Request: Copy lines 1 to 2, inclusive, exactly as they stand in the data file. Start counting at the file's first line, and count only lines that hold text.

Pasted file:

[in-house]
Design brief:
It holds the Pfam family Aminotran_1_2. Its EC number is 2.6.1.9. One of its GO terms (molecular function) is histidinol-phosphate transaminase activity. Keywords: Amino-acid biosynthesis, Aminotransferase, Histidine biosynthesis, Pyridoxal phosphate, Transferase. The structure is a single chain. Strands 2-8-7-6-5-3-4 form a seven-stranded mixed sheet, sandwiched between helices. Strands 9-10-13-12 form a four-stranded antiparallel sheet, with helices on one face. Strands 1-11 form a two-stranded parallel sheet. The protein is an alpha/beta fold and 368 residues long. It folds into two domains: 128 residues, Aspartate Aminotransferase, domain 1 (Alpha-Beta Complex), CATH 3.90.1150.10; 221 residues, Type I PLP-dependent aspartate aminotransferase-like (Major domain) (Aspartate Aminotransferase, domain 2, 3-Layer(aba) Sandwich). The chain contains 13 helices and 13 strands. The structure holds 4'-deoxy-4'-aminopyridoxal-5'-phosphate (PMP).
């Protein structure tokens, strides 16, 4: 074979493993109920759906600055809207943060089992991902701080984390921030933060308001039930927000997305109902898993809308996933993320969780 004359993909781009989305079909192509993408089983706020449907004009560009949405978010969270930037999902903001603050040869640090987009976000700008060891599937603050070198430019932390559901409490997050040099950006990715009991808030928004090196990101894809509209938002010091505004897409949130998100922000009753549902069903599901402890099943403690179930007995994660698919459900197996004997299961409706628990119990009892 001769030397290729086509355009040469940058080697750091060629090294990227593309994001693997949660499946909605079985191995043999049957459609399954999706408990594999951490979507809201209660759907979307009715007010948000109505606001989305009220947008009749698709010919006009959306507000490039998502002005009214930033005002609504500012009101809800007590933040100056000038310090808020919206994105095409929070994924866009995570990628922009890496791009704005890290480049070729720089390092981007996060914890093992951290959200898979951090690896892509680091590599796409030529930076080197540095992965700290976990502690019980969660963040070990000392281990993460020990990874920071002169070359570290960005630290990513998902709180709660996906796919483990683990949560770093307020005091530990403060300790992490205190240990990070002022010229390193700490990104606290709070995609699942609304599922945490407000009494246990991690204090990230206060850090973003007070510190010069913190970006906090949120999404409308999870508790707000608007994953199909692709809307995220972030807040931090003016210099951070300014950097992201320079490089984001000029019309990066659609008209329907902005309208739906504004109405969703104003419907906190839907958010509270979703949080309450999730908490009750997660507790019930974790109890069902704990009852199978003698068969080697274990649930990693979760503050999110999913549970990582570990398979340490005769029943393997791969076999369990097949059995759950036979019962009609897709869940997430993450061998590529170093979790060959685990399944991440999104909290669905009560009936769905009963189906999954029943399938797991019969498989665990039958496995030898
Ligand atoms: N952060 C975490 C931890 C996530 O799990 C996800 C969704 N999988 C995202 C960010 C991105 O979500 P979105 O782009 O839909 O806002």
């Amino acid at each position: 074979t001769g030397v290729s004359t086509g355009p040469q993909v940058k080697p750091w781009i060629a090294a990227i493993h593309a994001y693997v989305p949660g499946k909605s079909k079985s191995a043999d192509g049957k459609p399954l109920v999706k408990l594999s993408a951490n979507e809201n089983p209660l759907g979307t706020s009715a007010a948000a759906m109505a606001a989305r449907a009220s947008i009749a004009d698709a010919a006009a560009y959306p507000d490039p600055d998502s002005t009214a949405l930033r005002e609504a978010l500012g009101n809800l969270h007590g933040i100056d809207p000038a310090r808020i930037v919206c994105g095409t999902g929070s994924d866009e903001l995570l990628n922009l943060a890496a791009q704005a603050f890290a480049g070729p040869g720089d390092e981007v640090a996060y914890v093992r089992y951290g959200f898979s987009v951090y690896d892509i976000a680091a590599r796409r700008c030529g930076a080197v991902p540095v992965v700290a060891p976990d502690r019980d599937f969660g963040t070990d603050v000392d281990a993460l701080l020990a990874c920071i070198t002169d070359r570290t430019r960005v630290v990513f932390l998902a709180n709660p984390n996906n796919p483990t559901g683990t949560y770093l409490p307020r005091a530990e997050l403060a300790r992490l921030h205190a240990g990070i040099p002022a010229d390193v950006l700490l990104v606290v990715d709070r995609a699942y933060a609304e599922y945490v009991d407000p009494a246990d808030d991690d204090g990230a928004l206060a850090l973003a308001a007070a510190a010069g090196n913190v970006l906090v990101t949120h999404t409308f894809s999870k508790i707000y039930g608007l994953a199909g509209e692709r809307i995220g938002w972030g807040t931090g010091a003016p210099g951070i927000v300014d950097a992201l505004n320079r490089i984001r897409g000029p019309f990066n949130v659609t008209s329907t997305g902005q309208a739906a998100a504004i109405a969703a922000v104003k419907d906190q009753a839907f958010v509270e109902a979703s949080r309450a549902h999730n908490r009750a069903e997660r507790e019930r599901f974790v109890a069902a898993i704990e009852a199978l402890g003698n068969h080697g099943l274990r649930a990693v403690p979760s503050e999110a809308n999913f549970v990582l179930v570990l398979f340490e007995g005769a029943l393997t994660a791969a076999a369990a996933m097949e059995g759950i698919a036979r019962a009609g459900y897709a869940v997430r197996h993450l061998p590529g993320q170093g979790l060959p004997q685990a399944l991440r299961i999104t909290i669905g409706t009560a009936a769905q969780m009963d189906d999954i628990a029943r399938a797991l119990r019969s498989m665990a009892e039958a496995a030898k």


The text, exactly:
[in-house]
Design brief: